Note from Stephen Shaper: On the passenger-side fan, each bottom bolt also attached a bracket for the oil cooler line(s). These bolts could not be easily accessed or removed. Indeed, the inboard one was impossible without first removing the splash guard. And removing the splash guard was quite easy 5 minutes for 8 bolts.

Radbolt1.jpg Radbolt2.jpg

8. Carefully lift out the radiator from the engine compartment. Again, be very careful not to damage the cooling fins - they are very delicate.

OK, now that you've got it out, you can continue with whatever job you needed to remove it for. While its out, check the condition of the radiator and the hoses. Replace any hoses that are dried or cracked.


Installation is the reverse of the removal. The radiator bolts get torqued to 14-19 ft-lbs.

Mix up a solution of 50% coolant and 50% water. If you are in a climate that will not drop below freezing before your next coolant change, you may want to change the mixture to 30% coolant and 70% water for more effective engine cooling. Refill the radiator with the solution and start the engine. After warming up to operating temperature, allow the engine and radiator to cool completely. After it cools, top off the overflow container with your coolant mixture until it reaches the "FULL" mark.

Be careful with your old coolant. If any dripped on the ground, be sure to hose it down. Coolant is highly toxic to animals. Remember to dispose of your old coolant responsibly!

Note from Jon L. Jacobi

Just changed my radiator and have some additional advice to add to the garage article. Mainly just to remove the bottom tray to reach the bottom fan nuts. This is almost a necessity on an AC car due to the pipes running behind the radiator and said nuts but it just makes everything easier and only adds a few minutes to the process.

Note from Nicholas J. Carroll

I've found that mine (and probably a number of other after market radiators) did NOT use the stock railings that the stock radiator slides out of. Instead, they use integrated rails.

It's not quite as simple as that, though. Once these rails have been removed from the car (an easy enough task, once you've got the radiator out), some hardware may need to be transferred from the old rails to the new rad: one rubber and brass bushing and one pin and rubber bushing from each side.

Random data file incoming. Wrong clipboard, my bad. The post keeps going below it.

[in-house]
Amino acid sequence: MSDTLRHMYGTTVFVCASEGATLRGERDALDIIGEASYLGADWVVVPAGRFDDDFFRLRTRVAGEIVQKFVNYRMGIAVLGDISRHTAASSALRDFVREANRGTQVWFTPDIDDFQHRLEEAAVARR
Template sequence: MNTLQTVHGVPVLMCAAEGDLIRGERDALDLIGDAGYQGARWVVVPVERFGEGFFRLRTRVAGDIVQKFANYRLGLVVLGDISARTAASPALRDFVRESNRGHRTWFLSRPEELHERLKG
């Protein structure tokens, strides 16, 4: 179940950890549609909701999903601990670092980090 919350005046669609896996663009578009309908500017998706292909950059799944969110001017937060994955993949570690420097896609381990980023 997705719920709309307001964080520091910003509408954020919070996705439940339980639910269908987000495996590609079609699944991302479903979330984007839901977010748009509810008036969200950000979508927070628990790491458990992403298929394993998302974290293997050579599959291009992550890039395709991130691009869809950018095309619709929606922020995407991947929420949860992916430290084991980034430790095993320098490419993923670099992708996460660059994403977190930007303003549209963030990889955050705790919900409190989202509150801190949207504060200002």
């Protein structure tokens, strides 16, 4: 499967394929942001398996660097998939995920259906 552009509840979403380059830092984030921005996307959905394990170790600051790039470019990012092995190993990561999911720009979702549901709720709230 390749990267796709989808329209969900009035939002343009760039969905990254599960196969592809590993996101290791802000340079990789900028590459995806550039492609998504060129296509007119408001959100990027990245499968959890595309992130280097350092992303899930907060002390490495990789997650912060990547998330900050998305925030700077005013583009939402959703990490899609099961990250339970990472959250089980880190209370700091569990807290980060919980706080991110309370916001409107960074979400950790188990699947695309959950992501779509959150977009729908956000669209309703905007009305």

To remove the rubber/brass: pop the brass cap out, then work the bushing out of the metal bracket. If the rubber is difficult to move, lubricate it with some power steering fluid.

To remove the pin/rubber: This is easiest with circlip pliers or the flat tip of a certain can opener on a Swiss-army knife...remove the circlip from the small end and pull the pin out.

Installation is, as always, the reverse of removal (but on the new radiator!). You'll really want those circlip pliers to put the circlip back on...anyone who has already rebuilt their clutch master cylinder should already have one ;-).

Note from James Earley

I am doing my timing belt and water pump for the first time, and I ran into a problem getting the O-ringed inlet tube to release from the inlet flange. My solution was to remove the lower radiator hose from the flange. This allowed the flange to move forward as it should and release the O-ring. Looking at it, you can't remove the flange without doing this, and this step is not mentioned in either the on line article or the repair manual. To get to the radiator hose, you have to move the air box, but that is easily done.